Duo of Wire EDM Machines Open Up Opportunities for Master Cut
Cutting cycle times and saving on consumable costs with Makino U86 and DUO43
Growing a business is difficult, and success often does not come quickly. Master Cut of Schaumburg, Ill., knows the struggle to grow all too well.
"It's a fight--working long days, searching for every possible new business opportunity," says Master Cut co-owner Harold Bartman. "It takes time for a new company to build customer confidence and pull in business, and once it's there it takes just as much work to build a relationship. You have to prove that you're working for their well being as much as your own. To do this, it's important for small businesses to invest in technologies that can increase efficiency, while lowering costs."
When Master Cut found themselves turning away orders due to machinery limitations, they decided that investing in new equipment could give them two advantages--deepening their relationship with current customers and opening up options with new customers. The cornerstones of this investment were two Makino wire EDM machines, a U86 for large jobs and the new DUO43, Makino's newest wire EDM.
A Reputation for EDM
Master Cut began as a two man operation in 2000 just outside of Chicago. Company owners Harold Bartman and Scott Phillips started simply with non-auto-threading machines that required full-time operator presence, forcing them to work 80 to 100 hours each week. Initial jobs were generally die and mold applications.
In 2001, Bartman and Phillips began investing in newer CNC wire EDM machines that enabled faster cycle times.
"The faster cycle times allowed us to chase more work, and growth became steady," said Phillips. "This gave us the ability to save and make sound business decisions based on business coming in, not on crazy projections."
Master Cut grew to five employees with two running the night shift, producing parts 24 hours a day, seven days a week. The company diversified its customer base, applying their knowledge to applications in the medical, aerospace, tool and die, mold, and automotive industries. This growth led to a building expansion that doubled floor space. Still, Harold and Scott knew that to keep their business growing, they'd need to invest for the next stage of their development.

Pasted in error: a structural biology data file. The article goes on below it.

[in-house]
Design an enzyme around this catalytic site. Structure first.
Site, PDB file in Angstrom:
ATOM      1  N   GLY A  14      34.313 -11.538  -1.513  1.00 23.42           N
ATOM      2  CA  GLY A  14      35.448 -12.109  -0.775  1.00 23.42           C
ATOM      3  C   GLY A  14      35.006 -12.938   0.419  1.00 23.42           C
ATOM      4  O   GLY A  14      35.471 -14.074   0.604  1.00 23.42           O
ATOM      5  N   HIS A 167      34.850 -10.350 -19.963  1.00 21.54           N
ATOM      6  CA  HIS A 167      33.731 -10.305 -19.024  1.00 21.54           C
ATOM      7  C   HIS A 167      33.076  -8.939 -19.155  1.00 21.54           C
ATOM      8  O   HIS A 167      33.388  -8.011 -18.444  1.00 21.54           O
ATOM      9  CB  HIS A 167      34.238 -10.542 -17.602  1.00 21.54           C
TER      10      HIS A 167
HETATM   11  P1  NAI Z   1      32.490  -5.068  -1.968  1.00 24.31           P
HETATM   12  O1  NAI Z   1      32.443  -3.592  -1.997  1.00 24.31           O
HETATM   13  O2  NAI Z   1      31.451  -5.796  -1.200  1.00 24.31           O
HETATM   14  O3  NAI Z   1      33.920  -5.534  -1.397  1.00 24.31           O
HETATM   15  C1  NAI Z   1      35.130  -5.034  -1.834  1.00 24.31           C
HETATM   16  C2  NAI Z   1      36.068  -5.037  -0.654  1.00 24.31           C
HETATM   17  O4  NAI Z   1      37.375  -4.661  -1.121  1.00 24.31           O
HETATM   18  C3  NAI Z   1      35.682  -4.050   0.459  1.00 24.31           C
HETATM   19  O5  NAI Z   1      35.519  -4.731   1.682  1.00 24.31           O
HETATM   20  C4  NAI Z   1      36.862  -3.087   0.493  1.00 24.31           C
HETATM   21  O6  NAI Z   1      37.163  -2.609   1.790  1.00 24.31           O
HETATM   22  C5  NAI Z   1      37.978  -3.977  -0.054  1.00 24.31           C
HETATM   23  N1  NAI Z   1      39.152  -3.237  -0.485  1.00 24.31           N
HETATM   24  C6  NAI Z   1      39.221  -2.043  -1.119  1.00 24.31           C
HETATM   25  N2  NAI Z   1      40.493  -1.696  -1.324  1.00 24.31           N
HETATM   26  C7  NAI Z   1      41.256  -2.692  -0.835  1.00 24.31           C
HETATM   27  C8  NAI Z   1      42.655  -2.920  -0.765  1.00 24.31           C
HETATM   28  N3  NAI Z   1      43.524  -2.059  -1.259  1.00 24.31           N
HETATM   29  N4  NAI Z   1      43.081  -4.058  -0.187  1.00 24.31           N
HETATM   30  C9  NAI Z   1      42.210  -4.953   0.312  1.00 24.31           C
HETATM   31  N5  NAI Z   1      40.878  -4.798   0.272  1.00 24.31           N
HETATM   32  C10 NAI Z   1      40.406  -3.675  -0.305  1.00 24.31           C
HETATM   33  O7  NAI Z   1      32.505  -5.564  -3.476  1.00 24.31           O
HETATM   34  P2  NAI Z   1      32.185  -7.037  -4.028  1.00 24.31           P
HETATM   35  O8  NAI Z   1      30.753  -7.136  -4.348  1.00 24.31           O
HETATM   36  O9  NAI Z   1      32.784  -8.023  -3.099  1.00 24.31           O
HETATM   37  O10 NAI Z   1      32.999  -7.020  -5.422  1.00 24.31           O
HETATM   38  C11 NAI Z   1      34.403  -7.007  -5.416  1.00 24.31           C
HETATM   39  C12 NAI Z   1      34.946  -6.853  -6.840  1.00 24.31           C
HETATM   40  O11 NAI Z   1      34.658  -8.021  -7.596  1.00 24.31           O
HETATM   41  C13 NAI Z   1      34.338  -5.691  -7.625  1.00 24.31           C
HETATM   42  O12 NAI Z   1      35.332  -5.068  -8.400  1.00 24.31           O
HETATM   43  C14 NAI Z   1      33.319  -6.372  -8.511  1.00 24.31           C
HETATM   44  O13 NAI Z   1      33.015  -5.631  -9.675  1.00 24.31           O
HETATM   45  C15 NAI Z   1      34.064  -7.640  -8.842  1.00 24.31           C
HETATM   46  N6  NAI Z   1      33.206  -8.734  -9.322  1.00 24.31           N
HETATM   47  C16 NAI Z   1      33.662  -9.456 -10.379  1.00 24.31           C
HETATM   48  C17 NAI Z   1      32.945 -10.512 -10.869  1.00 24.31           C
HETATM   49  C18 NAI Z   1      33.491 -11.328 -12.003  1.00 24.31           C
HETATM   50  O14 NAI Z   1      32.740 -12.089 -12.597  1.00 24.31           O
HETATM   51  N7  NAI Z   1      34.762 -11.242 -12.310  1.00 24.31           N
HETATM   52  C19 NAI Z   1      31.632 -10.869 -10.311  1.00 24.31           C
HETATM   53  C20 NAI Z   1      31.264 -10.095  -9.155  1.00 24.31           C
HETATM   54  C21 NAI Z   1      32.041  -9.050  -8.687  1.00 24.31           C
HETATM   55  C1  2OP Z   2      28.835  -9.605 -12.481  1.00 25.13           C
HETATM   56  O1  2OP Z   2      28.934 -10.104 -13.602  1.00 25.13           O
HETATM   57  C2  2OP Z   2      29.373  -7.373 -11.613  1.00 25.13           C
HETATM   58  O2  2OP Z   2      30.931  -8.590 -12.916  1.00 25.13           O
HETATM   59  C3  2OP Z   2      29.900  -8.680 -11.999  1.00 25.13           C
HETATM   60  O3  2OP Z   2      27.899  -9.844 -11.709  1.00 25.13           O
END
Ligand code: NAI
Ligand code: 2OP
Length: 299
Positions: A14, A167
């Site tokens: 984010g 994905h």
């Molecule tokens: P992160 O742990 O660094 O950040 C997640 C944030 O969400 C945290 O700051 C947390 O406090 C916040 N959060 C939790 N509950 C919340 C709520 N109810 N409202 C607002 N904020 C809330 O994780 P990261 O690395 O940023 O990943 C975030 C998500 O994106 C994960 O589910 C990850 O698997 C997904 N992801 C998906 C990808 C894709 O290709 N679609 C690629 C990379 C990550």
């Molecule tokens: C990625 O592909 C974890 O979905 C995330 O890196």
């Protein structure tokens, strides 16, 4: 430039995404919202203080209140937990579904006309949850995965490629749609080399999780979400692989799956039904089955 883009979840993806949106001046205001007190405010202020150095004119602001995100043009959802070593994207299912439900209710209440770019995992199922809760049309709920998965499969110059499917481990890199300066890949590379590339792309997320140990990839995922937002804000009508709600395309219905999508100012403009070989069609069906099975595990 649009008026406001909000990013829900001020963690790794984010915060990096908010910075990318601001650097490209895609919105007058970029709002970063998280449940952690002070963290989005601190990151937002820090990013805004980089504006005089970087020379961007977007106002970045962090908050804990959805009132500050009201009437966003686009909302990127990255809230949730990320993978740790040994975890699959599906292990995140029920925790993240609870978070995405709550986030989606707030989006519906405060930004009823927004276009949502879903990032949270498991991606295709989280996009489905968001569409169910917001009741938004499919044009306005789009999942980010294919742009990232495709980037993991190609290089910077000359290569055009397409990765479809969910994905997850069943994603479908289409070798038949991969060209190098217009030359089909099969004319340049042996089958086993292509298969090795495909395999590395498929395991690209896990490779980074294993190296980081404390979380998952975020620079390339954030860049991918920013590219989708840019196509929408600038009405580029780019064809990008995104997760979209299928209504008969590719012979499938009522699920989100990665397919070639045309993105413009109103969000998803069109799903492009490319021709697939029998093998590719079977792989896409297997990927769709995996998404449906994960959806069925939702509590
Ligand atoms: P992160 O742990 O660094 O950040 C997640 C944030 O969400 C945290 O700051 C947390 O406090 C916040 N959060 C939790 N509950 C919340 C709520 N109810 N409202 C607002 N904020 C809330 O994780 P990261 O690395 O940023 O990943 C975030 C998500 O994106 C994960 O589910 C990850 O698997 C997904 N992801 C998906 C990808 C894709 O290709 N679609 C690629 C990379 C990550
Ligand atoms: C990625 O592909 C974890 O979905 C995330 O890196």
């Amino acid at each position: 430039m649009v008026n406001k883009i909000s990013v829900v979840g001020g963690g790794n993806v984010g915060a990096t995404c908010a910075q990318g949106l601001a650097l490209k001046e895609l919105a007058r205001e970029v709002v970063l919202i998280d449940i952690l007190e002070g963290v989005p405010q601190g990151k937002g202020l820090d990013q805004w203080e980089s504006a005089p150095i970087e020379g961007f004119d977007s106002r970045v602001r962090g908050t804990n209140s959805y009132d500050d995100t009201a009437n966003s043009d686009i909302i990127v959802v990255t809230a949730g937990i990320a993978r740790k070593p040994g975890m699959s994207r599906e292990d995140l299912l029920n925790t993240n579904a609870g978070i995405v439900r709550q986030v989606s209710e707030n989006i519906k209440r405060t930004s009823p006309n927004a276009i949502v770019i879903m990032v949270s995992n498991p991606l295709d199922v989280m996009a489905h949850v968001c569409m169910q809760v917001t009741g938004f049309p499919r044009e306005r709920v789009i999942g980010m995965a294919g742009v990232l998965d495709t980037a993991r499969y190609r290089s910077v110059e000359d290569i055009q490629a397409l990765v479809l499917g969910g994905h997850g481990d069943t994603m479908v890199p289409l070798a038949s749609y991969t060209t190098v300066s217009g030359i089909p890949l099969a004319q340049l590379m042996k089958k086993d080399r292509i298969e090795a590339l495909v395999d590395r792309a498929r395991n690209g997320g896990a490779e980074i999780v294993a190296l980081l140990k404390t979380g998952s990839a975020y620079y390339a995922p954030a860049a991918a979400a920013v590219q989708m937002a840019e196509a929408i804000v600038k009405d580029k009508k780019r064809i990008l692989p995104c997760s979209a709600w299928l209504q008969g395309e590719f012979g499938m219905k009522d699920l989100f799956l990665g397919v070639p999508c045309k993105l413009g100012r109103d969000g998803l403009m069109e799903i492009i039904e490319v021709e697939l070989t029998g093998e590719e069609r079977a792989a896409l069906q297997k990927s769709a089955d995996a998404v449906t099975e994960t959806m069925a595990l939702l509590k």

"We were being held back by what our wire EDM machines could do, so we needed technologies that could open up business opportunities, much like auto-threading machines did when we first started," said Bartman. "There's nothing worse than turning down a job because you can't handle the part's size or accuracy."
Harold and Scott felt that finding an EDM wire machine capable of accurately producing large jobs, and another that could handle small, very precise holes, would fill the needs of several of their current customers that were going elsewhere for that type of work. They also knew that in the industry they were in, these two requirements were becoming more important. Master Cut's newly hired employees suggested Makino wire EDM machines, based on their experiences in other shops.
First: The Big One
Their first purchase was a Makino U86 in April 2008. With its maximum fully submerged work piece size of 50.0 x 36 x 20 inches and even larger not submerged, the machine would allow Master Cut to handle nearly any size job, a solution for their large part needs and a gateway to other possible large part industries, such as off-road vehicle, energy, and industrial equipment.